How to Go Family Fishing: The Complete Guide for 2024

Jan 11, 2024 | 8 minute read
Reading Time: 8 minutes

There are plenty of reasons to go on a family fishing adventure. Already an angling enthusiast? It’s the perfect way to introduce your little ones to the magic of casting a line. It also gives you the opportunity to relax in a peaceful and totally natural environment, as well as to learn new skills and make incredible memories.

Two children wearing pink stand aboard a charter boat holding a variety of fish

If you’re craving some fresh air, want to get back to nature, or simply want a break from the stresses of daily life, chances are that fishing as a family is for you. But where should you start? Below, we’ve covered the best types of fishing for families, outlined some of our favorite fishing spots, and how to prepare. So put down those phones, grab the whole crew, and get ready for a new adventure!

Best Types of Fishing for Families

From bluewater sportfishing to casting off on the fly, there’s a whopping number of ways to go fishing. However, if you’re fishing with your family, chances are that not everyone is on the same wavelength when it comes to skill levels or experience. It’s likely you’ll be casting a line with your little ones or older generations of your family. They may require more stability, an easier ride to the hot spots, and less time out on the water.

A family stands on the shoreline of a body of water casting lines into the water

If you’re a regular angler who’s used to a specific technique, or spending hours exploring deep waters, you’ll probably have to adjust your expectations a little bit. Chasing big game fish in choppy waters, for example, isn’t something all families are ready for. If you have no fishing experience in your group, we’d recommend fishing alongside an experienced charter guide. You’ll be given all the support and advice you need to make sure everyone has a great time on board.

Below, we’ve delved into some of the best “all-rounder” fishing options that’ll please experienced fishers and newbies alike.

Inshore Fishing Trips

What is it? The definition of inshore fishing can shift depending on where you are. It generally involves casting a line in bays, flats, the backcountry, and coastal waters just a few miles from shore. You usually won’t travel more than 10 miles from shore, and will fish in waters that range from several inches to around 20 feet deep.

A man and a boy fish shallow waters from a boat at sunset

What’s the fishing like? Again, this shifts depending on where you are. If your group is brand new to fishing, drift or still fishing with a spinning rod and light tackle gear is common. If you’re fishing around underwater structure, you’ll likely try out bottom fishing. You don’t always need a boat to fish this inshore, either, with many locations being accessible by foot.

Best for: Newbies and families with small children. If you’re not sure how you’ll feel out on the water, you can easily opt for a short half-day trip. Shallow waters mean less risk of danger, too.

Nearshore Fishing Trips

What is it? Again, this means something a little different depending on where you go. Nearshore fishing generally includes waters just off the beach, usually around 10–20 miles offshore. Along the Gulf Coast, for example, nearshore fishing trips typically keep you within state waters (9 miles from shore), thanks to a deep seafloor drop. Depending on your location, water depth can be anywhere from several feet to around 50 feet deep.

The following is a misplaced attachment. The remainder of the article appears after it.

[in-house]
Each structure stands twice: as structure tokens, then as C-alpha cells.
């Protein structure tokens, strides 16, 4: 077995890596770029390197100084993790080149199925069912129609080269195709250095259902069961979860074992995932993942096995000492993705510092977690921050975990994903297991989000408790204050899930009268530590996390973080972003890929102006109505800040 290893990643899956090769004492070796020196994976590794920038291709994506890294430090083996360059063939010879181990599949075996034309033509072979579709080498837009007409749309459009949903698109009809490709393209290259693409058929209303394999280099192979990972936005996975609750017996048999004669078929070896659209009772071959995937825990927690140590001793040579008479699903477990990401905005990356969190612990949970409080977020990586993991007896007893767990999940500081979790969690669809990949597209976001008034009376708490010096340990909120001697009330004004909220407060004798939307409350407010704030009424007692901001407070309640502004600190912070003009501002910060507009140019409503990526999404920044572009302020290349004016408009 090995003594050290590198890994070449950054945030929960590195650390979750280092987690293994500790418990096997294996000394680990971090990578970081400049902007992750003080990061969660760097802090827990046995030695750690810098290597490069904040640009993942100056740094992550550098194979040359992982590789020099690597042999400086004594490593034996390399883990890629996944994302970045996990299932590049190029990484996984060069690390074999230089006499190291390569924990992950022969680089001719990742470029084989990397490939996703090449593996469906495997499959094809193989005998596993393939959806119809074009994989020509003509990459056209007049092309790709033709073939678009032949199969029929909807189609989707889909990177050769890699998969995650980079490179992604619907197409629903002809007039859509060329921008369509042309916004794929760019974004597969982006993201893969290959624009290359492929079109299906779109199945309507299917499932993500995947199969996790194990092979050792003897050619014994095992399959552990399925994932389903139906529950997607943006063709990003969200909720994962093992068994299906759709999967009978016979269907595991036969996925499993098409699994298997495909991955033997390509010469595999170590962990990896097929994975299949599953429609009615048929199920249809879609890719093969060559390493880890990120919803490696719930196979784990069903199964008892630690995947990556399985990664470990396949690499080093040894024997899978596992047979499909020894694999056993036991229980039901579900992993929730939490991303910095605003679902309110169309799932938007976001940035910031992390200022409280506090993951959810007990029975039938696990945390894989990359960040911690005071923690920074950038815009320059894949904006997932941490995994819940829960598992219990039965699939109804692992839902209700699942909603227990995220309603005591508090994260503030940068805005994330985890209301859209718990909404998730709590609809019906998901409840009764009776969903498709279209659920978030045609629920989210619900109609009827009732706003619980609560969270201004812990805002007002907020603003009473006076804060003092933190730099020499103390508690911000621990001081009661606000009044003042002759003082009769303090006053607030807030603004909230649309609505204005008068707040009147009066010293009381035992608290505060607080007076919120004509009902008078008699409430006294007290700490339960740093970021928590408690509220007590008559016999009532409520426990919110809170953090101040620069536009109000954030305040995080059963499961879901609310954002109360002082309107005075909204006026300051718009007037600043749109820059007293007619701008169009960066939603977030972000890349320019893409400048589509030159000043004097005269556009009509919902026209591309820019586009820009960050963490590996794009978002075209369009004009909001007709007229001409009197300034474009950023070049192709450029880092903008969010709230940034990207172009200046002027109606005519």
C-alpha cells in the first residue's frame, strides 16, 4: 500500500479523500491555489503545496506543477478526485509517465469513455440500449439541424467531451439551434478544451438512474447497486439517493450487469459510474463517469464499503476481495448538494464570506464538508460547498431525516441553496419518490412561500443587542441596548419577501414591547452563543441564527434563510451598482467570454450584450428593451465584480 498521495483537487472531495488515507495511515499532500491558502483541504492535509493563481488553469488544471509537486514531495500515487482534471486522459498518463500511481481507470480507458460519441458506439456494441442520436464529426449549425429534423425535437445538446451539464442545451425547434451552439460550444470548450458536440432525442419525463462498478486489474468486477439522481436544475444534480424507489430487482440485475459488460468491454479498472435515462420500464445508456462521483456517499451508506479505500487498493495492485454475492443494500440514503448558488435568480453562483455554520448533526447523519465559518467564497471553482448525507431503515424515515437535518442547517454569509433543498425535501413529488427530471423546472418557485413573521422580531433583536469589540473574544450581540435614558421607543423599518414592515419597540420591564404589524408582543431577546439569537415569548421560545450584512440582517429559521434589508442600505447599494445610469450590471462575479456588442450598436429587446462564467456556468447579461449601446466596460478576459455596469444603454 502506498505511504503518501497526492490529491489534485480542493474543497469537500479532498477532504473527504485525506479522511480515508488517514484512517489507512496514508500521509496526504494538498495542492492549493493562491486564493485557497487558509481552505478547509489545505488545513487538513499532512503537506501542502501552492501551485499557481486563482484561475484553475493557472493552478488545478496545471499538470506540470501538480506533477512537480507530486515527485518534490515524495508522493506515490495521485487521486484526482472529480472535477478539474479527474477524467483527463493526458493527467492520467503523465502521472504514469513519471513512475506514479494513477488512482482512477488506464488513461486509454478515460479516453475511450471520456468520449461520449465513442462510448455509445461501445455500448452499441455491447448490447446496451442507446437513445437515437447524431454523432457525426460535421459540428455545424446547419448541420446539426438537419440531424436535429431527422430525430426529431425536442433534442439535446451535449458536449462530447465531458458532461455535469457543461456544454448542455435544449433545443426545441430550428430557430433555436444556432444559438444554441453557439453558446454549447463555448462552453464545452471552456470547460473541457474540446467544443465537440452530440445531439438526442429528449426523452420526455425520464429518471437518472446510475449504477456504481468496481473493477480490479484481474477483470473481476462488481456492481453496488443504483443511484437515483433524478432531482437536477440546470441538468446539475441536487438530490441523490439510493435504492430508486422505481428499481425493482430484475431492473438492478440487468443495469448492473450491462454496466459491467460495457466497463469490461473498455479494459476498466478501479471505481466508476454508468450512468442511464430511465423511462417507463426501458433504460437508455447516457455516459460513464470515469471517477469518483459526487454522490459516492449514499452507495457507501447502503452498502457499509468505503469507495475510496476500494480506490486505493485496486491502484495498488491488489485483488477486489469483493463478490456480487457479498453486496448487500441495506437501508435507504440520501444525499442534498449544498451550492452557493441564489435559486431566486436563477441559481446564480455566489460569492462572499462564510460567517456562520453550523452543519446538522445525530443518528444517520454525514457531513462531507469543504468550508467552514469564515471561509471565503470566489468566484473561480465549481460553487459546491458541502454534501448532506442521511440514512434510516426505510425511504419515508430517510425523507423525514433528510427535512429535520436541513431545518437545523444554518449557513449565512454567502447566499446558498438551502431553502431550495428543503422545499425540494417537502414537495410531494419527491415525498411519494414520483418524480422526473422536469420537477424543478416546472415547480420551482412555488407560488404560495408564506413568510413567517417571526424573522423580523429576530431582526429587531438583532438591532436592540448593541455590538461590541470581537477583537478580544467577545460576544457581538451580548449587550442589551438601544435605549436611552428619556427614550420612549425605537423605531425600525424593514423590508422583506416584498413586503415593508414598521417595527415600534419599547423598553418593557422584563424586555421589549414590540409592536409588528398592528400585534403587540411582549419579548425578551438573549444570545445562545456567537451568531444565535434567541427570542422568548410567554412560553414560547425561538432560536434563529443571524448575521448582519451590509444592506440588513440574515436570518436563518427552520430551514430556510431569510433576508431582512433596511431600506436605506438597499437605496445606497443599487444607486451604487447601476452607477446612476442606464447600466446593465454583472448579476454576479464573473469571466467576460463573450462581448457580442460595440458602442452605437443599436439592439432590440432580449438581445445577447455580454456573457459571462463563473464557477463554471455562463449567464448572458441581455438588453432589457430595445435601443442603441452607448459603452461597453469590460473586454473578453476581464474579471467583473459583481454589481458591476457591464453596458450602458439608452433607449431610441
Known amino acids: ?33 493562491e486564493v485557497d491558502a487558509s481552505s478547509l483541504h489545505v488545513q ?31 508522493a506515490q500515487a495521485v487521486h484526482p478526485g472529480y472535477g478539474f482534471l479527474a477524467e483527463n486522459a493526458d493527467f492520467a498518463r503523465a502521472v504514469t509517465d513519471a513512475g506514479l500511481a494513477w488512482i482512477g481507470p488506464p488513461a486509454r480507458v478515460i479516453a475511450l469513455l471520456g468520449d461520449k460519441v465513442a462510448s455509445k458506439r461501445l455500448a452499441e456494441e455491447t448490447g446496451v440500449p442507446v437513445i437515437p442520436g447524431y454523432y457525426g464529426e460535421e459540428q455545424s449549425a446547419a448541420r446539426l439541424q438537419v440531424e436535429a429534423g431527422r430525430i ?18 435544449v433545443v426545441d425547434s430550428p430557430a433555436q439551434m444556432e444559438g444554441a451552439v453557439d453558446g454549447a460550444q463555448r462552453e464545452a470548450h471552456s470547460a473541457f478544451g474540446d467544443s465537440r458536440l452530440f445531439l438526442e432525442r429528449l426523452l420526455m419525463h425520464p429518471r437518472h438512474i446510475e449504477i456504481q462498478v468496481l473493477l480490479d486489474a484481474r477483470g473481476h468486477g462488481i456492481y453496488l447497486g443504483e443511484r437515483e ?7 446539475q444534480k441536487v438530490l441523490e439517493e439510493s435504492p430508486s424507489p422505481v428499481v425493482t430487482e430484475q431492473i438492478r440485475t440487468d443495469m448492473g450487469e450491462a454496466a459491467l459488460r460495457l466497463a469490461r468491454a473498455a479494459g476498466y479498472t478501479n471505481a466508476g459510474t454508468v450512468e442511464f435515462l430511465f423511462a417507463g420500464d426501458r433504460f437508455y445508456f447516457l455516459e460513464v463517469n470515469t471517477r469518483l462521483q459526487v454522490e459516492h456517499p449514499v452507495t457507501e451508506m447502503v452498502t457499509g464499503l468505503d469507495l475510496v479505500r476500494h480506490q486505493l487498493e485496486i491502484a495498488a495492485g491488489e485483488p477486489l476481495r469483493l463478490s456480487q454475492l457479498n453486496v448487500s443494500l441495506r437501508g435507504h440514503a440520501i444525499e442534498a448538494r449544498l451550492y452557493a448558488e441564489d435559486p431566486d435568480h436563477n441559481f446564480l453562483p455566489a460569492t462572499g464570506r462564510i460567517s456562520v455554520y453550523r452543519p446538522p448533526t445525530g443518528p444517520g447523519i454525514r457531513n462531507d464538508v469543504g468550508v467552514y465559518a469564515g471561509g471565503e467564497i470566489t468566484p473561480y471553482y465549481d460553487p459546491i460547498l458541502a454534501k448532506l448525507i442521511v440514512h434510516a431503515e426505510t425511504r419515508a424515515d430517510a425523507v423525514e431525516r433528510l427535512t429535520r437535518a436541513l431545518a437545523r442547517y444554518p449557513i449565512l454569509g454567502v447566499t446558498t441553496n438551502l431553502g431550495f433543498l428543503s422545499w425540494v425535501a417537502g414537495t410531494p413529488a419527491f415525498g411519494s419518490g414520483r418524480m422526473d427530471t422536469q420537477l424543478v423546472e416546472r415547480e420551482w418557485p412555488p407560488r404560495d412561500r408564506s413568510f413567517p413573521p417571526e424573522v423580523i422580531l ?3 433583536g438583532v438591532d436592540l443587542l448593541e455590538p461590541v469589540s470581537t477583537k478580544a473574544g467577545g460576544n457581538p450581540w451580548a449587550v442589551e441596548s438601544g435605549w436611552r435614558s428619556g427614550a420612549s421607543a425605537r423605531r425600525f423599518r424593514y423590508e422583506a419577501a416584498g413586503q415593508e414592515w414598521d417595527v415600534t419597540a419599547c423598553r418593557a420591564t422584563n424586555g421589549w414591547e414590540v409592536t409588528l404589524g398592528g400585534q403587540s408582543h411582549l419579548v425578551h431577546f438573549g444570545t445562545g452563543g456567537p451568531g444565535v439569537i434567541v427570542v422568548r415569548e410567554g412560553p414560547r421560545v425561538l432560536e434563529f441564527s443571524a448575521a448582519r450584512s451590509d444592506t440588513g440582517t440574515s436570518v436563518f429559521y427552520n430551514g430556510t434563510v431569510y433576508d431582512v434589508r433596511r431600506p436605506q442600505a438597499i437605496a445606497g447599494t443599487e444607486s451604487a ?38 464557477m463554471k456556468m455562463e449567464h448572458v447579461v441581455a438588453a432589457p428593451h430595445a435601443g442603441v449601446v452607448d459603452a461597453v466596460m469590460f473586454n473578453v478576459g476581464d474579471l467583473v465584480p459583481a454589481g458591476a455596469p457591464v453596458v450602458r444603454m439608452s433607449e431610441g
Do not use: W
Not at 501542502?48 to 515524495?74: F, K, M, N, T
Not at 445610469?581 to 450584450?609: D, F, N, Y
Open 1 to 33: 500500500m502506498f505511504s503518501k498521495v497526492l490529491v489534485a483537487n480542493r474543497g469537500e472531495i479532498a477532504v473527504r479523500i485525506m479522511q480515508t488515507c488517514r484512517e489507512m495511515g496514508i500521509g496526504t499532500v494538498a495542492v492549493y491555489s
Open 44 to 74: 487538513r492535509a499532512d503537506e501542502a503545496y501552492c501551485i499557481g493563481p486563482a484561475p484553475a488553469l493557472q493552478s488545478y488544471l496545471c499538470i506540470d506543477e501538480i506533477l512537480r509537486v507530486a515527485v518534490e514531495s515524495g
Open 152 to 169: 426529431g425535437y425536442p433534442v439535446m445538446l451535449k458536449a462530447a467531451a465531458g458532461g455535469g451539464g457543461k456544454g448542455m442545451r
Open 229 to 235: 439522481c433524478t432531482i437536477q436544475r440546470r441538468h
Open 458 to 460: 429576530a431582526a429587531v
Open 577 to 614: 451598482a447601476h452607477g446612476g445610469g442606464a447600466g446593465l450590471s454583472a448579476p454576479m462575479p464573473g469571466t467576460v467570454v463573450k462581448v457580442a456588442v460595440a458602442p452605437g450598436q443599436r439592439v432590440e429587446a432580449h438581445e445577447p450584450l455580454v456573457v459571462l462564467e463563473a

A family fishes from a charter boat on nearshore waters

What’s the fishing like? The most common nearshore fishing techniques are trolling and bottom fishing, both of which are great for newbies. Trolling involves dropping lines in the water and waiting for a fish to bite. Bottom fishing is more hands-on and relies on you moving your rod and bait to mimic bait fish.

Best for: Older kids and families who have fished before. These trips usually involve heading slightly further out from shore, where waters can be a little choppy. You may need to opt for a longer trip to make sure you have time to reach the hotspots.

Camping and Fishing Trips

What is it? Camping and fishing involves setting up your tent (or camper van) in a national park or designated area that has prime access to a particular body of water. Rivers and lakes are especially popular spots. A lot of them boast nearby campgrounds and parks, so it’s likely you’ll be indulging in some freshwater angling action.

A campsite set up next to a body of water with a canoe resting on the bank

What’s the fishing like? Again, it really depends on whether you’re fishing a lake, river, or somewhere else. You can try out anything from trolling on vast lakes to casting a line in winding rivers, or even getting to grips with fly fishing.

Best for: Nature lovers! If your family wants to get back to basics and wake up surrounded by stunning scenery, this is the trip for you. The best part is that no one in your group needs to be a seasoned angler. You’ll find plenty of guides located around popular fishing campsites, and there are other activities to enjoy, too.

Family-Friendly Fish Species

A big part of helping the whole family fall in love with fishing is the species you’ll be targeting. It’s important to know that you probably won’t be going after line-shredding big gamers like Billfish or gigantic Tuna. These guys may look seriously impressive in a photo, but catching them is hard work and requires plenty of energy and strength!

Two boys pose with a Speckled Trout each on a boat on a sunny day with water behind them

If your kids or family members have been fishing before or are comfortable spending a whole day on choppier waters, then there’s no reason why you can’t head to deep waters on the hunt for harder-fighting fish. But if you’re newer to fishing, there’s still a whole host of exciting species you can target closer to shore.

Popular Saltwater Fish